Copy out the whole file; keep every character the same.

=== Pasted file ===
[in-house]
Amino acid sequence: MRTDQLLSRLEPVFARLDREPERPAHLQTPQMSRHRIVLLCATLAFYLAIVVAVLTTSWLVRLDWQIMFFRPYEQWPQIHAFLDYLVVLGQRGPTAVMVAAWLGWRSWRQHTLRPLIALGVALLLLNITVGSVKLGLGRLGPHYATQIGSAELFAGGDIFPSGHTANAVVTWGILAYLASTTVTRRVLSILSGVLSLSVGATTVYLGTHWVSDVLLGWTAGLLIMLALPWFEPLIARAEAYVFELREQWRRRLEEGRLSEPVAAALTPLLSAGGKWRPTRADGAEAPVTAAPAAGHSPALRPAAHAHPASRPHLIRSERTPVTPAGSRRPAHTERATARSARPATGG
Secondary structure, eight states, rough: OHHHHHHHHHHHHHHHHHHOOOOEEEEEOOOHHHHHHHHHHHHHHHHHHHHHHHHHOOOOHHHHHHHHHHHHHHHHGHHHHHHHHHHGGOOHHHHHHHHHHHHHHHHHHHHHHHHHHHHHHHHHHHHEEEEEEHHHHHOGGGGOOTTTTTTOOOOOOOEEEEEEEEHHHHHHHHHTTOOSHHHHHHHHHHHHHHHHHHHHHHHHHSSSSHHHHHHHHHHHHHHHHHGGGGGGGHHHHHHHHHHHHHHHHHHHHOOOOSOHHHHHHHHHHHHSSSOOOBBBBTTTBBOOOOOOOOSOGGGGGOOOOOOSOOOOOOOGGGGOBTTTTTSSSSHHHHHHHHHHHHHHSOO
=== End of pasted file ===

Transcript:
[in-house]
Amino acid sequence: MRTDQLLSRLEPVFARLDREPERPAHLQTPQMSRHRIVLLCATLAFYLAIVVAVLTTSWLVRLDWQIMFFRPYEQWPQIHAFLDYLVVLGQRGPTAVMVAAWLGWRSWRQHTLRPLIALGVALLLLNITVGSVKLGLGRLGPHYATQIGSAELFAGGDIFPSGHTANAVVTWGILAYLASTTVTRRVLSILSGVLSLSVGATTVYLGTHWVSDVLLGWTAGLLIMLALPWFEPLIARAEAYVFELREQWRRRLEEGRLSEPVAAALTPLLSAGGKWRPTRADGAEAPVTAAPAAGHSPALRPAAHAHPASRPHLIRSERTPVTPAGSRRPAHTERATARSARPATGG
Secondary structure, eight states, rough: OHHHHHHHHHHHHHHHHHHOOOOEEEEEOOOHHHHHHHHHHHHHHHHHHHHHHHHHOOOOHHHHHHHHHHHHHHHHGHHHHHHHHHHGGOOHHHHHHHHHHHHHHHHHHHHHHHHHHHHHHHHHHHHEEEEEEHHHHHOGGGGOOTTTTTTOOOOOOOEEEEEEEEHHHHHHHHHTTOOSHHHHHHHHHHHHHHHHHHHHHHHHHSSSSHHHHHHHHHHHHHHHHHGGGGGGGHHHHHHHHHHHHHHHHHHHHOOOOSOHHHHHHHHHHHHSSSOOOBBBBTTTBBOOOOOOOOSOGGGGGOOOOOOSOOOOOOOGGGGOBTTTTTSSSSHHHHHHHHHHHHHHSOO